The compatibility of Nyingma and Kagyu?

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The compatibility of Nyingma and Kagyu?

Postby Luke » Sun Sep 26, 2010 12:03 am

Lately I have been thinking that I might later want to switch to the Nyingma school and perhaps eventually do a Nyingma three-year retreat.

If I complete Ngondro with a Kagyu lama, would that "count" for most Nyingma lamas or would I most likely have to do Ngondro again in the Nyingma style before a Nyingma lama would give me further teachings? In general, how "compatible" are Nyingma and Kagyu teachings? It's my understanding that they both have a similar view, but different methods. It seems that it would still be possible to be a Nyingmapa and to receive teachings from Kagyu lamas. I know that in modern times, everybody is doing everything, but I am asking what is proper from a traditional standpoint.

I also greatly dislike the negativity which the Karmapa controversy has created. It's like a big wound cutting the Kagyu school in two. Lamas on one side often don't trust lamas on the other side, and this often leads to feelings of tension and other very non-Buddhist states of mind. I don't think the Nyingma school has any similar problems.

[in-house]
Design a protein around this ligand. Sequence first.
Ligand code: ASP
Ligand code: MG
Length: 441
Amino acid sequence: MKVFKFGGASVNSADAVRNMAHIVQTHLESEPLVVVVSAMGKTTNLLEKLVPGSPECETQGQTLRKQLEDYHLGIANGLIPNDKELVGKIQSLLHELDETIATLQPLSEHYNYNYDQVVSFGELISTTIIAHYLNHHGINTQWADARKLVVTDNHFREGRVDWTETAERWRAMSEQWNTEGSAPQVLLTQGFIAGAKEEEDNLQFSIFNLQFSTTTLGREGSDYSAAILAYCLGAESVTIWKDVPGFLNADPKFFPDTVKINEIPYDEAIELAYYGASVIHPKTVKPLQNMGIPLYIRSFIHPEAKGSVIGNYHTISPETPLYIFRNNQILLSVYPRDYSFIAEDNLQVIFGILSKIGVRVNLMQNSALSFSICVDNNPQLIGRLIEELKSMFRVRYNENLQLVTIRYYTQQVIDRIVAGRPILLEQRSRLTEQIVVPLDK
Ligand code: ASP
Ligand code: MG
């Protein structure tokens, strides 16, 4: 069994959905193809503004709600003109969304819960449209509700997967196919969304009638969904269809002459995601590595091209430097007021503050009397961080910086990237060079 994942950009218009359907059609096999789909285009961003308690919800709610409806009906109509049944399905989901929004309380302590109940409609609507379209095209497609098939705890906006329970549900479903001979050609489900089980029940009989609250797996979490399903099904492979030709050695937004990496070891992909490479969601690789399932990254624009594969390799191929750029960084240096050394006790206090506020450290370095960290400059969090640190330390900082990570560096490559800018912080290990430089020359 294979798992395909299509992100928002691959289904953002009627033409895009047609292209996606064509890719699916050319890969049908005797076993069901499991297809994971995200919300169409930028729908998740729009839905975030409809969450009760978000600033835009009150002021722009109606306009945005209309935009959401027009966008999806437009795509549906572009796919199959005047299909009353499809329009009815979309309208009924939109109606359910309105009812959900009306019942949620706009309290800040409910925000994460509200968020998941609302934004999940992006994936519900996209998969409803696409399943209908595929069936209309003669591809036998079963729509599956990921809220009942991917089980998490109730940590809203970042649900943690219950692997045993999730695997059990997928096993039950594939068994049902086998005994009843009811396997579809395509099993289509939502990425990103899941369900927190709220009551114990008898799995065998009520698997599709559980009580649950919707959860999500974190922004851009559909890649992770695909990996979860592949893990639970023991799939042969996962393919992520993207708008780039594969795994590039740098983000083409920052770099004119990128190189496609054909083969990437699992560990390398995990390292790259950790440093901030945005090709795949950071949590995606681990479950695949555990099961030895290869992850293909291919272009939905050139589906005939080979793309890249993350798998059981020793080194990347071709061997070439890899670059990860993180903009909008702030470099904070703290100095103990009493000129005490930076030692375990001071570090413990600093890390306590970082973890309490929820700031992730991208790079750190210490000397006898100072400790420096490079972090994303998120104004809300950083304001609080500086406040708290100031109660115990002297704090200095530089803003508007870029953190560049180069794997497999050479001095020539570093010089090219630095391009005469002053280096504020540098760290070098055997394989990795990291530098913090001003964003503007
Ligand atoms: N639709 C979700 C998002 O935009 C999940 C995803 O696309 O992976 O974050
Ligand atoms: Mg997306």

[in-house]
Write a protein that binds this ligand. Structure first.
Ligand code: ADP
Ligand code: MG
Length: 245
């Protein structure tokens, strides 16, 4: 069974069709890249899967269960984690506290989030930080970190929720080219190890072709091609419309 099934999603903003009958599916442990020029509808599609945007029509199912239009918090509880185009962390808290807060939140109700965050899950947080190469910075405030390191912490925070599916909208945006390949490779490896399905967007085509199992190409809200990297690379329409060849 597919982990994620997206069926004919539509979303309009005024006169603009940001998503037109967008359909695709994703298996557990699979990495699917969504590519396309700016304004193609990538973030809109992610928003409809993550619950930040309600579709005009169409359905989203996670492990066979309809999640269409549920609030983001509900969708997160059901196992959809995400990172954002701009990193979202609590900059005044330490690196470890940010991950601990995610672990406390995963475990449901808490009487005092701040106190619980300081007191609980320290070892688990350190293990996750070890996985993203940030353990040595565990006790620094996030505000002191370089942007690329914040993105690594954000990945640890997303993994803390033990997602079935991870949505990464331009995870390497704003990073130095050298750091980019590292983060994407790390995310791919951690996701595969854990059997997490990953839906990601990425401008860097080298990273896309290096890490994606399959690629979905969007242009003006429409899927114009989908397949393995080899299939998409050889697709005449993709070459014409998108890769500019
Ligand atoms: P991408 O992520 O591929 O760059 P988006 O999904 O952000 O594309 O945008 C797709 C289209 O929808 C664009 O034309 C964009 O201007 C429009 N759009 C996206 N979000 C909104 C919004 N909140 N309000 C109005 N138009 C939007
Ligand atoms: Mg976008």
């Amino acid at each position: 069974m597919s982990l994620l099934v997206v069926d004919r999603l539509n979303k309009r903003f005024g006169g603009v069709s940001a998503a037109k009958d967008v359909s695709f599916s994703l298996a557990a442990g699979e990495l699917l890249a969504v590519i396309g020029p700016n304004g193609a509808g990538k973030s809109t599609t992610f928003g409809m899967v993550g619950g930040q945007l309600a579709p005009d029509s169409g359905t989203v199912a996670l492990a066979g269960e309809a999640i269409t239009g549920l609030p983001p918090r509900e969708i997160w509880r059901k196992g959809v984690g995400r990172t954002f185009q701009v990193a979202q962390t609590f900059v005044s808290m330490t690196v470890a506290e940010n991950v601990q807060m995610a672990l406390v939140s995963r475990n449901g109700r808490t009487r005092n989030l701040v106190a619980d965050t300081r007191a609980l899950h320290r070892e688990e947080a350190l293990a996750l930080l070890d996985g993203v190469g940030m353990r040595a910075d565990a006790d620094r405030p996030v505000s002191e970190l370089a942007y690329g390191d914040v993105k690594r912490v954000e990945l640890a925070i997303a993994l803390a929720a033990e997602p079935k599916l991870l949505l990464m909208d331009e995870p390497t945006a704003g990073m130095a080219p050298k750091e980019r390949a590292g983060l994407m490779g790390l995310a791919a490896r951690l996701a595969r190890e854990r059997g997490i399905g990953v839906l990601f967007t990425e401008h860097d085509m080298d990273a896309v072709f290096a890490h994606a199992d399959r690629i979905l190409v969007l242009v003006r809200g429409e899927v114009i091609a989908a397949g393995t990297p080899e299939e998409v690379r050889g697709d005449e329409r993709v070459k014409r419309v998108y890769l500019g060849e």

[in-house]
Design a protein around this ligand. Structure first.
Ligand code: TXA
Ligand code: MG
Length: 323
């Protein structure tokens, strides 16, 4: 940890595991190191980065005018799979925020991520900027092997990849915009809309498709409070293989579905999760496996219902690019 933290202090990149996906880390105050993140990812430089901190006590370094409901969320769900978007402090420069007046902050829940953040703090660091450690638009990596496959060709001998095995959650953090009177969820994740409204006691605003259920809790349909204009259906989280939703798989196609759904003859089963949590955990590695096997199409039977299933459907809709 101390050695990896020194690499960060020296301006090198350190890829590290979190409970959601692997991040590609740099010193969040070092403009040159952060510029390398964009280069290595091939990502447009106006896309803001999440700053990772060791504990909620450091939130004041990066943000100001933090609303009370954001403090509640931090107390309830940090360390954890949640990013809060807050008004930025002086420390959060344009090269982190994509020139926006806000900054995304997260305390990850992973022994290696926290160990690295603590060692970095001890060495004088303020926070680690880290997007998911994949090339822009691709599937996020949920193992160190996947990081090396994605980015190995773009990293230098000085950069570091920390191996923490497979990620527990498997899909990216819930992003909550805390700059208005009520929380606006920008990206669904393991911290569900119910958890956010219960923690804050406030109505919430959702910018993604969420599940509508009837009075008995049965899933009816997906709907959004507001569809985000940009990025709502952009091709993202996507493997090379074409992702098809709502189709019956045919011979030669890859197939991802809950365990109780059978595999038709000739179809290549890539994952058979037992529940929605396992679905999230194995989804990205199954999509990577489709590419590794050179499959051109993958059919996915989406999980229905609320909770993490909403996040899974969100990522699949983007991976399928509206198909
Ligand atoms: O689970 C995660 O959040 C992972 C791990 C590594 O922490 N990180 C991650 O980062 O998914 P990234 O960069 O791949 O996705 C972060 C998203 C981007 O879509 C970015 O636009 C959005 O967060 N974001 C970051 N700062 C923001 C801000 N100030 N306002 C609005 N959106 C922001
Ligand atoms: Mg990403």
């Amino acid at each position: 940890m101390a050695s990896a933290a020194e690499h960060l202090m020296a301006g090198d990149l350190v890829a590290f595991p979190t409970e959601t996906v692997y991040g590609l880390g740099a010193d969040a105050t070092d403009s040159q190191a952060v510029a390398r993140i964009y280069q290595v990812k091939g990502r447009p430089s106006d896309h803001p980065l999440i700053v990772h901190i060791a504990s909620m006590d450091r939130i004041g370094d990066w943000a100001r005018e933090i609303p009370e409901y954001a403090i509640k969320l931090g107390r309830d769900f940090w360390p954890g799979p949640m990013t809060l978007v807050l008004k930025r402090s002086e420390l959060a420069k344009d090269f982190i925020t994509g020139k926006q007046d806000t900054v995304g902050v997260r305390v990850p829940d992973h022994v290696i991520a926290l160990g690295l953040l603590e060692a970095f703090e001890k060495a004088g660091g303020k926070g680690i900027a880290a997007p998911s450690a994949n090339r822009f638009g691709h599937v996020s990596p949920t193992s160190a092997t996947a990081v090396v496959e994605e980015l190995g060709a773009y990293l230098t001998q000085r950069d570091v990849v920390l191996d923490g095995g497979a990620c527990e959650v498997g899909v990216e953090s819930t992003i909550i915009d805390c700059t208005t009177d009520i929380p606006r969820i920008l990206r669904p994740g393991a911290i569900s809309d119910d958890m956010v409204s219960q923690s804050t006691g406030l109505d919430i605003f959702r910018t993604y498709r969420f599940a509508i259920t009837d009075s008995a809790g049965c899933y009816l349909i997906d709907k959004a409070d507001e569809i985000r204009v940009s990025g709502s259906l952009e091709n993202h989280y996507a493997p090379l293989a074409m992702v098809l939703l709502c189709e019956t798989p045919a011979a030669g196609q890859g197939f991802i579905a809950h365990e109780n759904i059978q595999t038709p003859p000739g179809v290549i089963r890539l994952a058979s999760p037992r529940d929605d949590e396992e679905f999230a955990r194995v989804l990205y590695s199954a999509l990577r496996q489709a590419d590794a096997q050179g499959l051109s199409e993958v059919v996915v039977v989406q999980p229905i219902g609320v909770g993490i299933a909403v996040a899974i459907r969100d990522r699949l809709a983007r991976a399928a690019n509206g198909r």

Anyway, I always think about Guru Rinpoche, and I'm sure his methods are quite sufficient for attaining enlightenment.

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Re: The compatibility of Nyingma and Kagyu?

Postby heart » Sun Sep 26, 2010 8:45 am

Hi Luke,

My Guru, Chokyi Nyima Rinpoche, hold both the Kagyu and Nyingma lineages. I did a complete Karma Kagyu Ngondro but have after that mainly practiced the terma teachings from the Chokling Tersar.
I have been practicing partial Ngondros from various cycles of the Chokling Tersar. In general there are many more Ngondros in the Nyingma. Almost all major terma cycles have a particular Ngondro. Many of my of my friends have practiced many complete Ngondros. To answer your Ngondro question I would say that at least my Guru counts the Kagyu Ngondro, but all teachers seem to differ in opinion about this.

About the Karmapa story I do understand what you say and I have had similar experiences. But last weekend I met Mingyur Rinpoche and received teachings from him and he made my devotion for the Kagyu lamas bloom again. An amazing teacher his "path of liberation" teachings are wonderful. Made me completly forget about the Karmapa dispute.